Objectives and key results: OKR is a performance management tool that works
Klipfolio’s product team has been using a performance management system based on objectives and key results (OKRs) to set objectives for our agile teams since the beginning of 2018.
Even after such a short period of time, we’ve seen so much value in the process that the rest of the business has decided to adopt the OKR system.
In this post, we will discuss what we’ve learned about the OKR approach, explore the value we’ve found in it, and offer tips for setting up an OKR system so that you can get the most out of it.
What are OKRs (Objectives and Key Results)?
The OKR system is a performance tool that sets, communicates, and monitors goals in an organization so that all employees work together in one direction.
The beauty of the system is that it provides a simple, practical, and straightforward framework for defining, tracking, and measuring goals, both as something to aspire to and as something that can be measured.
Having ambitious objectives can motivate the team to push the envelope. And measuring the key results determines whether the goals have been reached.
Why is the OKR system useful?
We have found five distinct advantages to using the OKR system:
- Alignment - It helps with alignment, so that all team members are pulling in the same direction and contributing to what matters most in terms of results.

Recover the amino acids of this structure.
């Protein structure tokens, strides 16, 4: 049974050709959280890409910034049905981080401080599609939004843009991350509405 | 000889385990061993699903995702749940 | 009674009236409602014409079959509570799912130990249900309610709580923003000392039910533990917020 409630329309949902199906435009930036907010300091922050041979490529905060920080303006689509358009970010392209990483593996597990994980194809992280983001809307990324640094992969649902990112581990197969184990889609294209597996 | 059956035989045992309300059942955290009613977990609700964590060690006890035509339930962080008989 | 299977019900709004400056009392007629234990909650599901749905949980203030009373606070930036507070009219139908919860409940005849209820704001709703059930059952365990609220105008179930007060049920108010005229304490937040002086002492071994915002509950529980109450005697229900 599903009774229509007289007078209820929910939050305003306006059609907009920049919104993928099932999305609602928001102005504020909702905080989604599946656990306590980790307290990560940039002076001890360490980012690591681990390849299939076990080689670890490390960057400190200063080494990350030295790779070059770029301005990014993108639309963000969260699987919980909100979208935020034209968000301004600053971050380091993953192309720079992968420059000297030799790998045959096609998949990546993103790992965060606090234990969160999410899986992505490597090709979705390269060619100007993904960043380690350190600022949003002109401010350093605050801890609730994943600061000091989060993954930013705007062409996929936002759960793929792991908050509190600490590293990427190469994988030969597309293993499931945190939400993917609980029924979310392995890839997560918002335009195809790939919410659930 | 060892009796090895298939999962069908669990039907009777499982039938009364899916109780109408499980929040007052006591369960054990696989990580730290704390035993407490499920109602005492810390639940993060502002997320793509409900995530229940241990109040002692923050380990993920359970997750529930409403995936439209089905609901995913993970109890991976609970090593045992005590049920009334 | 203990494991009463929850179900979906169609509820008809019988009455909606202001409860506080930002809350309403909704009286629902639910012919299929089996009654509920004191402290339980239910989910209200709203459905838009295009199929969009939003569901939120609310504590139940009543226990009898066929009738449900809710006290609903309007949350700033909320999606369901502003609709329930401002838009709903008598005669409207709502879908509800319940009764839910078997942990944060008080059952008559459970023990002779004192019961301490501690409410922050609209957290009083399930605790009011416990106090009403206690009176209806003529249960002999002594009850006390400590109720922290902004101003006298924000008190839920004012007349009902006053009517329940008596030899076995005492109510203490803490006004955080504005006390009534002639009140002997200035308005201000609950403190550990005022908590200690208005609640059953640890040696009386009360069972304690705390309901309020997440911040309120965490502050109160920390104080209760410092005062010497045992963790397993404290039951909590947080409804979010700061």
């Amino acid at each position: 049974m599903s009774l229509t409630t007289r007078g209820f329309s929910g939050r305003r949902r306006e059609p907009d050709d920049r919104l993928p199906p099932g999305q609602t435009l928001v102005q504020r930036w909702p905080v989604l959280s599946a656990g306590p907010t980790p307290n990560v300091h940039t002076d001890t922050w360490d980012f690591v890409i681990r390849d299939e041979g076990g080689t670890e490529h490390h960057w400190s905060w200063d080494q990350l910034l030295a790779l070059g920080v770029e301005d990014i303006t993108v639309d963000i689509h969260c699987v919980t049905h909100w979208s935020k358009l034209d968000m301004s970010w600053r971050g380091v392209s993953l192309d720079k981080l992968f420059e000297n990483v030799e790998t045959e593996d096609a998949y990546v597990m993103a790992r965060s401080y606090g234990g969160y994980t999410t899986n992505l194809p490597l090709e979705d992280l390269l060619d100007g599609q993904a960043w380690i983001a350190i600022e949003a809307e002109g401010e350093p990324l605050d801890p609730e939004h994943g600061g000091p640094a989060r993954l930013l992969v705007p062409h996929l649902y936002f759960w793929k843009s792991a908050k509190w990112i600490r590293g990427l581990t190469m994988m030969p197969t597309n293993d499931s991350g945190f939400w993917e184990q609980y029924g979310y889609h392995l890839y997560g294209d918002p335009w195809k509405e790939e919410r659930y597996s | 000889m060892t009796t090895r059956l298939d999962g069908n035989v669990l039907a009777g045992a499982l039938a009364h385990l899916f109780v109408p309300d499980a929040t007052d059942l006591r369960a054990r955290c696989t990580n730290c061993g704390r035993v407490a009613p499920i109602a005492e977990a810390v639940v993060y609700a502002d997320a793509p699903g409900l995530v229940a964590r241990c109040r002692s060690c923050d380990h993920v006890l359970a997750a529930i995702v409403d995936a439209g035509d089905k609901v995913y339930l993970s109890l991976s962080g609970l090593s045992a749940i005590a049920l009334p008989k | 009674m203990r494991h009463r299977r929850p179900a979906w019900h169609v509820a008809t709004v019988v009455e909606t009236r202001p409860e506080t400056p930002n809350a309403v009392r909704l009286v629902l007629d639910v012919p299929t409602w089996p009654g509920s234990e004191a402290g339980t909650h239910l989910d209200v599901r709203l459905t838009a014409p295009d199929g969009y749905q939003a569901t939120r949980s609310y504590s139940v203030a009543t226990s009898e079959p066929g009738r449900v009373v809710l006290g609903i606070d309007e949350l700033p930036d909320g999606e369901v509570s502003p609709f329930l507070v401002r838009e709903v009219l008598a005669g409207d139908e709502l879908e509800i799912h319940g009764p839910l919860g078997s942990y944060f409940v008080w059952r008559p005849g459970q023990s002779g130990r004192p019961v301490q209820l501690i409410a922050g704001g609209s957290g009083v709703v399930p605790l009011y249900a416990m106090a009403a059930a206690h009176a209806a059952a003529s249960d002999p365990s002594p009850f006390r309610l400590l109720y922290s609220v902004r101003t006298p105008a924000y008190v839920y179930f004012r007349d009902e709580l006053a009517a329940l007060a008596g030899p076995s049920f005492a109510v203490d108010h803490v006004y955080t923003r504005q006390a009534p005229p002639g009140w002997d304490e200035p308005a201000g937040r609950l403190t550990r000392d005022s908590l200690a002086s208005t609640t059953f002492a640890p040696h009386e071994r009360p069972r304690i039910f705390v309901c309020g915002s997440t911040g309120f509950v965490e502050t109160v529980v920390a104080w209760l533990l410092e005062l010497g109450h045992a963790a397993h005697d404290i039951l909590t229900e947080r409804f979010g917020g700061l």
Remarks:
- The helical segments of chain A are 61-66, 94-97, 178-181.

- Engagement - It gives the teams a sense of purpose to know they are working towards defined goals and therefore increases engagement.
- Focus - It helps focus efforts so that people work on things that matter.
- Performance - It stimulates employees to go above and beyond, and they often perform better than expected.
- Autonomy - It helps teams work autonomously, secure in the knowledge that they are contributing to overall goals.
The biggest benefits of using OKRs in product development
Of those five advantages, the most important for us is alignment, which is one of the biggest challenges that teams run into as they grow. OKRs permit alignment while allowing teams to retain their autonomy.
How we established our OKRs
We set objectives and key results as part of our planning process.
Different levels of the company set different objectives and measure different key results.
- For the company as a whole, we have a long-term planning document put together by the senior management team that sets out objectives and measurable key results over the next three years.
- We also have a set of company-wide OKRs for each quarter that define our next steps towards the longer-term goals.
- On a quarterly basis, the product team sets high-level product OKRs. These are determined by the product leadership team to reflect how each team is going to reach the business OKRs.